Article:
More than 42 percent of Romania’s children aged 15 years are struggling with functional literacy, according to statistics released on Monday at a conference on this theme organised by the Department of Education and Research with the Romanian Presidential Administration in northwestern Cluj-Napoca on Monday in cooperation with the Faculty of Political, Administrative and Communication Studies of the Babes-Bolyai University (UBB).
According to data released at the debate called ‘Educated Romania,’ the EU High Level Group of Experts on Literacy issued a first report made up of five chapters, including functional illiteracy in Europe and recommendations.
The report as well as other data available Europewide reveal serious problems under the Romanian formal education system with functional and multiple literacy, with Romanian students ranked 49th out of 65 countries in the 2009 Program for International Student Assessment (PISA) ranking in terms of reading and reading comprehension. In terms of student performance in math and sciences, Romania came out 47th, with Albania the only European country behind it.
The report also shows that 40.4 percent of Romania’s students rank below PISA level 21, which means that they struggle with understanding the simplest tasks in national examinations. According to data with the organisers, that virtually means the access of those young people to jobs will be confined to those that require a minimum of formal education. The Department of Education and Research with the Romanian Presidential Administration said the percentage has increased to over 42 percent in 2016.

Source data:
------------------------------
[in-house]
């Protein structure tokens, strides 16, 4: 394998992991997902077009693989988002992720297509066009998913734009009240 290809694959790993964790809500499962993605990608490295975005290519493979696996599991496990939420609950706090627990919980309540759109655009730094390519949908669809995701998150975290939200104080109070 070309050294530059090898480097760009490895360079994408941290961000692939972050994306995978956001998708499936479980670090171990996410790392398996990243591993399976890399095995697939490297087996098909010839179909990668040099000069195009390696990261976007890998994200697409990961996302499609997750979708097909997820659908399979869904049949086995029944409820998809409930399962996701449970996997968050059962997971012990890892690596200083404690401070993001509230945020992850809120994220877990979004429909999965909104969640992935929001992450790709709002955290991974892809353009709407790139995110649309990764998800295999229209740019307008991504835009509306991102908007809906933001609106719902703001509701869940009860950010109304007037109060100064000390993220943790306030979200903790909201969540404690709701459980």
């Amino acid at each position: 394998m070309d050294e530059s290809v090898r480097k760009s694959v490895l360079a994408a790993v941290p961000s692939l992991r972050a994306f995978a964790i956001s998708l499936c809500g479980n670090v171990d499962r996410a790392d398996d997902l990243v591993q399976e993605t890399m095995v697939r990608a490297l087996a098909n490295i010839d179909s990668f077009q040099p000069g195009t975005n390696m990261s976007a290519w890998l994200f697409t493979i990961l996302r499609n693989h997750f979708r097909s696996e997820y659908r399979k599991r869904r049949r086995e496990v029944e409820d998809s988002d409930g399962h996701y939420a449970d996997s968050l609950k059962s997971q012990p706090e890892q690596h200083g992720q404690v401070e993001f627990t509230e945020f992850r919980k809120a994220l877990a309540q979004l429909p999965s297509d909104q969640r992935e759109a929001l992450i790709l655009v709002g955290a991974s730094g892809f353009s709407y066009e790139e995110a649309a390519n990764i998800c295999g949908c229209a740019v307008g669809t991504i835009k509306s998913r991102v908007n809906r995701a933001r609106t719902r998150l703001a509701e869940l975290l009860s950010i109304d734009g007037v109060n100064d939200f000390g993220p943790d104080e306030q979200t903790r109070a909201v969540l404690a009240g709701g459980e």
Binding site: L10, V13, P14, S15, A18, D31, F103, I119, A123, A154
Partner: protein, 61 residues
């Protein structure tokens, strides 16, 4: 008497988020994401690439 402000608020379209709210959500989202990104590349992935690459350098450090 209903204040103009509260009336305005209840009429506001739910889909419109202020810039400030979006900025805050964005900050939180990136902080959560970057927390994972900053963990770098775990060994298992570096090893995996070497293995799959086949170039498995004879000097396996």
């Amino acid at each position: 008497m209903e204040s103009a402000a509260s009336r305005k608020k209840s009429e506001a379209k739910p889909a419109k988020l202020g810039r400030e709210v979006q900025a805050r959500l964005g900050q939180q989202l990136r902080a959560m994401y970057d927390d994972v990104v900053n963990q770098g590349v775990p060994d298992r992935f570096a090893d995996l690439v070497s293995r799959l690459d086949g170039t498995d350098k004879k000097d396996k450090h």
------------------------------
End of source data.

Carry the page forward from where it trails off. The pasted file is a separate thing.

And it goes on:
‘Talking about functional illiteracy is an alarm call that shows we fare badly. I would like to say that failed educational opportunities are at the roots of illiteracy. Unlike other educational systems elsewhere in the world, our big chance is that the majority of children get an education. Unfortunately, some of them drop out very quickly or they stay put up to a point but without truly getting an education. The optimistic message is something can be done because there is an opportunity for direct intervention with some children, but on the other hand, there are very worrisome statistics showing just how complex the problem is,’ said Director of the Institute for Educational Sciences Ciprian Fartusnic in a speech to the debate.
In his turn, UBB President Ioan Aurel Pop said in his speech that Romania has regressed to a phenomenon it thought it uprooted under its Communist regime.
‘The communist regime uprooted illiteracy in Romania – including a margin of error purposefully considered – because literacy was achieved by force, but sometimes combining constraints with the conviction the communists would display by imitating great philosophers was a good thing. But, over the past 26 years, we have regressed to what we thought we had overcome long ago. As a teacher, I can tell you that this liberty of ours is leading to dehumanisation, because I sincerely believe that human condition requires education. If we take these criteria out of our behaviour we get dehumanised,’ said Pop.